In the present invention, the light scattered and modulated from the ridges and valleys of the finger surface is passed through a polarizing filter, and then passed to a forty-five degree mirror which passes the visible light to a spherical imaging lens which focuses onto a photo sensitive scanning array, for example a CCD array. The polarizing filter has been discovered to significantly reduce the bright spots created by the pores in the ridges. The polarizing filter additionally significantly reduces the bright "halo" portions from the aforedescribed meniscus, and effectively eliminates the bright lines on the right and left edges where the platen is joined to the holder.

A further distinct advantage of using only the two light sources at the forty-five degree (horizontally extended) angles to the finger longitudinal axis is that a portion of all the light reflected from the pores is removed by the polarizing filter. In the aforesaid three light source system, the light reflected from the pores by the light from the third source pointing at the finger tip is not removed by the polarizing filter and thus the bright spots from the pores are not minimized. The two light sources angled as described have been found to provide sufficient illumination of the finger surface to extract the desired minutia. The two light sources also are each positioned to provide collimated light at a thirty degree angle to the platen finger touching surface, thereby providing optimal imaging with less shadowing effects.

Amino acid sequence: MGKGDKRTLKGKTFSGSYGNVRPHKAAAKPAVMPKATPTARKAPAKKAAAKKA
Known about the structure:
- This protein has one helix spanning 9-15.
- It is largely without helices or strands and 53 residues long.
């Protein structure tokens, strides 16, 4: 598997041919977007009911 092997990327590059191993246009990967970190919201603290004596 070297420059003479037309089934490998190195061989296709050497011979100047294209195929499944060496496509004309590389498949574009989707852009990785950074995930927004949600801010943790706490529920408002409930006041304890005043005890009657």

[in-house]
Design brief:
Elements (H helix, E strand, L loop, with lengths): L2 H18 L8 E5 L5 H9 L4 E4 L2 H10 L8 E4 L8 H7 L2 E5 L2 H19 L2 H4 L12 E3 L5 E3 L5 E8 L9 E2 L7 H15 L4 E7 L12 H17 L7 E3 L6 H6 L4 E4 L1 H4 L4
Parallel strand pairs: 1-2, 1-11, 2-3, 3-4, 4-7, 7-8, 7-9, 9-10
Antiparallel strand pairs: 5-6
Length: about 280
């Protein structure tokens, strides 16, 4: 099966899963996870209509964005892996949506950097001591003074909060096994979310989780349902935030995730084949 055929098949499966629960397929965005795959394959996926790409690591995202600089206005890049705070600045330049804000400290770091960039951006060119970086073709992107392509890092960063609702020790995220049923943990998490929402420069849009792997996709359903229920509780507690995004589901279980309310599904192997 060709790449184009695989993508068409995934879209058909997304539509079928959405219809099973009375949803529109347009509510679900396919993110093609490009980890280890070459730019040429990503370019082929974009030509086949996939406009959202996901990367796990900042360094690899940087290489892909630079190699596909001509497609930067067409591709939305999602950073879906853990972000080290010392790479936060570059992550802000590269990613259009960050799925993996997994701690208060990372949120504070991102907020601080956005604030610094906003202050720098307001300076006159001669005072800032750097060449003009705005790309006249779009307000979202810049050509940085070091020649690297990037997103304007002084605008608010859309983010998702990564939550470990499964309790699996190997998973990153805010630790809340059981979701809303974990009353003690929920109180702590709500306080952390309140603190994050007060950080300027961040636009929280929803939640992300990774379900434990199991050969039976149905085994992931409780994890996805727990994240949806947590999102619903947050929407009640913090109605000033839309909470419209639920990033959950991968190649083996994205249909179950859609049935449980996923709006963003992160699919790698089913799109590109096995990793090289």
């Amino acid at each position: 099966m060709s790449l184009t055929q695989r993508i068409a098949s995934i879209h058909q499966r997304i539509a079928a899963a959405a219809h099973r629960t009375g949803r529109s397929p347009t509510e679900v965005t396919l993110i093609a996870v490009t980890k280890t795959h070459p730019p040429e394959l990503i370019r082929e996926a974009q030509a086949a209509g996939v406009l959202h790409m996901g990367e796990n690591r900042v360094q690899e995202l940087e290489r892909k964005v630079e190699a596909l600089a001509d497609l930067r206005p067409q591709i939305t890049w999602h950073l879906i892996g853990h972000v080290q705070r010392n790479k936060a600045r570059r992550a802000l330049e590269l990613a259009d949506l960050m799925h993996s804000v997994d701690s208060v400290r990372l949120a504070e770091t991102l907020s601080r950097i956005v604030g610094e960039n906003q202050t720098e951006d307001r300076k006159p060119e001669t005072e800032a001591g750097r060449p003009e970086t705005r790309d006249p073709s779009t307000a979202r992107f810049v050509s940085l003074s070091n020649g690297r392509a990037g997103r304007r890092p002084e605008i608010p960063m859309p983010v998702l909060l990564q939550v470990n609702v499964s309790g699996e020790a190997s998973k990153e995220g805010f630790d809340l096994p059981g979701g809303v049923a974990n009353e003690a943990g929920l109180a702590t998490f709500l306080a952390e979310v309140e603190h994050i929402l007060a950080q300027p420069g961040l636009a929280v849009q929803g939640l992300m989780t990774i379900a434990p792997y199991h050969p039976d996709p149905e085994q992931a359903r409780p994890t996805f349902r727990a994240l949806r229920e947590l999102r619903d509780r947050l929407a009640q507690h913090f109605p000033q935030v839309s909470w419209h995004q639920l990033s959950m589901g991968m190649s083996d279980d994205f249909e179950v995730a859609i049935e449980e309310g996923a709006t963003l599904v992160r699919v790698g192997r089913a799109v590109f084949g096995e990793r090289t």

The polarizing filter positioned as described in the present invention also presents the opportunity of dealing with the problem of overhead light above the finger, as previously described. A second polarizing filter can be positioned above the finger and rotated ninety degrees with respect to the alignment of the first polarizing filter positioned below the finger between the finger and the mirror/lens/photo diode array as described. The combination of the two filters rotated at ninety degrees with respect to each other effectively eliminates all overhead light reaching the photo diode array, and the particular problem of overhead light is eliminated.